Today's Paper River Valley Democrat-Gazette Newsletters Public Notices Obits Distribution Locations Digital FAQ Razorback Sports Today's Photos Crime Puzzles

OPINION | BRENDA BLAGG: Hearings build case that president chose to violate oath to the nation

Hearings show Trump chose not to protect Capitol by Brenda Blagg | July 27, 2022 at 1:00 a.m.
This exhibit from video released by the House Select Committee, shows President Donald Trump recording a video statement at the White House on Jan. 7, 2021, that was played at a hearing by the House select committee investigating the Jan. 6 attack on the U.S. Capitol, Thursday, July 21, 2022, on Capitol Hill in Washington. (House Select Committee via AP)

Months deep into their investigation of the Jan. 6 attack on the U.S. Capitol, House Select Committee members do not mince words.

They have learned a lot, will learn more and want to see those responsible held to account for this stain on American history.

Criminal charges, if there are to be more against those who plotted or participated in the failed coup, must come from the Justice Department or elsewhere in the nation's judiciary.

That's why what the committee discovers and how members articulate their findings to the public is so significant.

As the inquiry has gone on, the members' words have gotten all the more direct, their accusations pointed straight at former President Donald Trump as the driving force behind what happened on Jan. 6.

Take, for example, the opening statement at last week's hearing by the committee chairman, Rep. Bennie Thompson:

"Over the last month and a half, the Select Committee has told the story of a president who did everything in his power to overturn an election. He lied. He bullied. He betrayed his oath. He tried to destroy our democratic institutions."

Thompson's words, delivered with the Mississippi Democrat's soft Southern accent, might have been lost in anticipation of the hearing testimony that was to come.

Nevertheless, his straightforward comments set the stage for new evidence of Trump's performance -- or lack of it -- on Jan. 6.

This was the committee's first public hearing focused specifically on Trump's behavior.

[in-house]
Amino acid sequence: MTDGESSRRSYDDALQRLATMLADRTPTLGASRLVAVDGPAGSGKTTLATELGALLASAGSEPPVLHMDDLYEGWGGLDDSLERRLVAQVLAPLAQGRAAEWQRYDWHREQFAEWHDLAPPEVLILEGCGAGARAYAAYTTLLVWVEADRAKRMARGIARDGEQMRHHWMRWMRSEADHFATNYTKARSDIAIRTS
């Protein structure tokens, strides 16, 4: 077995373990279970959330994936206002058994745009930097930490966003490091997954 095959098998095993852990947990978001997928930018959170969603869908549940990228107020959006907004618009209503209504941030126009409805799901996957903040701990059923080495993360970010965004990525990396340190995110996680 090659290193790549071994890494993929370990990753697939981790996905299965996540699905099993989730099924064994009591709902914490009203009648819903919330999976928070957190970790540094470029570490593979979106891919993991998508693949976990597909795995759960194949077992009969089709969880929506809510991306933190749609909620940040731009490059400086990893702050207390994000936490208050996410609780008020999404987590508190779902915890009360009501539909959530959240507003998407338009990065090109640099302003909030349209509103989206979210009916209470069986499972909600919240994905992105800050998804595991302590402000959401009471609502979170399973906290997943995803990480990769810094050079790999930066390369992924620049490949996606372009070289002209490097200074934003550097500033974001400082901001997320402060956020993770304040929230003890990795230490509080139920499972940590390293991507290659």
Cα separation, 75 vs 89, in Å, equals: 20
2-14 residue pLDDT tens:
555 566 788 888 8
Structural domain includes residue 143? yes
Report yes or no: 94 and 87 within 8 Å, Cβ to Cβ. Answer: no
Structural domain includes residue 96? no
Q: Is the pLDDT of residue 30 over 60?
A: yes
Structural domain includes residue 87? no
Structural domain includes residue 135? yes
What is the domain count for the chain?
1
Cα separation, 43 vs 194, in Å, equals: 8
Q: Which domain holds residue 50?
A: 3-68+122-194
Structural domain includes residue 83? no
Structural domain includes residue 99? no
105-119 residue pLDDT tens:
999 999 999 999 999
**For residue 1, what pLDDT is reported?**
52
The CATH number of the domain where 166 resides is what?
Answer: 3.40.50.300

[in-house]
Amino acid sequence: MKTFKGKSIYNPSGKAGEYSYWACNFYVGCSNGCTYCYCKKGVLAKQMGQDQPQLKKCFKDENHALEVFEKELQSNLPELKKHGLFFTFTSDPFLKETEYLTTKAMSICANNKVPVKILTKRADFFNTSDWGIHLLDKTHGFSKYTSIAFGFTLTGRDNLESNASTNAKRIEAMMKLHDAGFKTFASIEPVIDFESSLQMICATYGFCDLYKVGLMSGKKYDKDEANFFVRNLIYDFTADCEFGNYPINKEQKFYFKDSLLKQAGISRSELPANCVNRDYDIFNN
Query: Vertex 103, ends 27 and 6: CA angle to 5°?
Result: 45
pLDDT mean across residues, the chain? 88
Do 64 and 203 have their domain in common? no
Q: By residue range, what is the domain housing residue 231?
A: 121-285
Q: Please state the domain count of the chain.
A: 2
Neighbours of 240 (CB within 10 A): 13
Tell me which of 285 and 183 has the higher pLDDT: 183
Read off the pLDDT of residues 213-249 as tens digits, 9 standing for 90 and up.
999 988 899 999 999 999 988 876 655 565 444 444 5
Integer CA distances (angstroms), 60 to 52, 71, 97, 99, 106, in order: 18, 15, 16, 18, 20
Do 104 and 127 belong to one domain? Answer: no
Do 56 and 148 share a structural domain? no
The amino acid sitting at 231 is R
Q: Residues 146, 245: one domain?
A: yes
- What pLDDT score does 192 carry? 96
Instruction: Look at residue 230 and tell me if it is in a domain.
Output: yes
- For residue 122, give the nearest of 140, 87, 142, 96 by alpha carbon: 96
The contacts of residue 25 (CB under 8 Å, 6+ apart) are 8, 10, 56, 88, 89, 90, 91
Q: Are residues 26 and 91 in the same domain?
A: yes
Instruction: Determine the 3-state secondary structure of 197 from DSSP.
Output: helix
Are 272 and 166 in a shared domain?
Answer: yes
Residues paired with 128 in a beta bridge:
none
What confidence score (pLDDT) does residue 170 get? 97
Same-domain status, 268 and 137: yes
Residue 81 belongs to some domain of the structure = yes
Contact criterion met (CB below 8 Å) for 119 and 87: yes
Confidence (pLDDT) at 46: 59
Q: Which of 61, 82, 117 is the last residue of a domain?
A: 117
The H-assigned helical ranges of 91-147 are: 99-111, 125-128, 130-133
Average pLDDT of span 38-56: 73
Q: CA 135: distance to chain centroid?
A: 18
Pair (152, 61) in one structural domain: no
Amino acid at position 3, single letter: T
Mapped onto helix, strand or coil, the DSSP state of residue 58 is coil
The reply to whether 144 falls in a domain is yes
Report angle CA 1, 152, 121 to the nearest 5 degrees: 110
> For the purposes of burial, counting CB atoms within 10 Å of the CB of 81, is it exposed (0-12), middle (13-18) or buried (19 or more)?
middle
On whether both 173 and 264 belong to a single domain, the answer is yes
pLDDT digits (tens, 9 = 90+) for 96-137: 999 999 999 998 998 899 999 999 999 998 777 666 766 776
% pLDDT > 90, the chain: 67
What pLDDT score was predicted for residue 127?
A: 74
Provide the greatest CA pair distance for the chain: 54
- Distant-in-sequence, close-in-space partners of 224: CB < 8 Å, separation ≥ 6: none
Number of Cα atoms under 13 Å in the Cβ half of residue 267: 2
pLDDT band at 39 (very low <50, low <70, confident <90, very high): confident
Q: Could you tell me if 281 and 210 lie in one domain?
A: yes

It was all about that critical 187 minutes between Trump's speech to assembled supporters at the Ellipse and his reluctant call for the mob that attacked the Capitol to go home.

As committee members have done in past hearings, they presented recorded and live testimony from Republicans who had been with the president that day.

These were people on his White House staff, family members and others who swore under oath that they witnessed the president do nothing to stop the ongoing, bloody insurrection for more than three hours.

The testimony was damning, confirming what Chairman Thompson had said beforehand.

Trump was the one person who could call off the mob that was savagely beating law enforcement officers and targeting his own vice president and U.S. lawmakers gathered in the Capitol.

Yet, Trump "could not be moved," Thompson said.

Trump did not summon the military or anyone else to stop the mayhem. The commander-in-chief instead ignored pleas from his own advisers, from lawmakers in the Capitol and even from Trump's favored Fox News' hosts.

The president of the United States sat in his private White House dining room and watched the brutal attack he had incited unfold on television.

By delaying the Electoral College vote count, the Capitol rioters were doing precisely what Trump wanted. It was his last-ditch attempt to cling to power.

It failed, but at great cost to this nation as the Jan. 6 investigation is confirming.

Last week's hearing made clear that the president had, through his inaction, betrayed his oath of office and ignored his duty to protect the Capitol and all who worked there.

Trump had faced "a stark and unmistakable choice between right and wrong," said Liz Cheney, the committee's vice chair, as the Wyoming Republican summed up what had happened in her closing remarks.

"There was no ambiguity. No nuance. Donald Trump made a purposeful choice to violate his oath of office, to ignore the ongoing violence against law enforcement, to threaten our constitutional order. There is no way to excuse that behavior. It was indefensible."

Then she bluntly asked whether a president willing to make the choices Trump made during the violence of Jan. 6 can ever be trusted with any position of authority again.

Cheney has answered the question for herself. She has likely sacrificed her re-election as Wyoming's lone House member to take a strong stand to defend the Constitution and expose Trump.

Her question was actually directed to Americans everywhere, particularly those who vote.

The answer should be an emphatic "no," although Trump threatens to run again for president.

Meanwhile, the committee's work continues as members and staff take new testimony, seeking to record what happened on Jan. 6 as completely as possible.

More hearings and a written report, including recommendations from the panel to guard against a repeat of that violent day, are expected in September.


Full video and transcripts of the Jan. 6 Select Committee's hearings are readily available online, including at

Print Headline: The driving force


Sponsor Content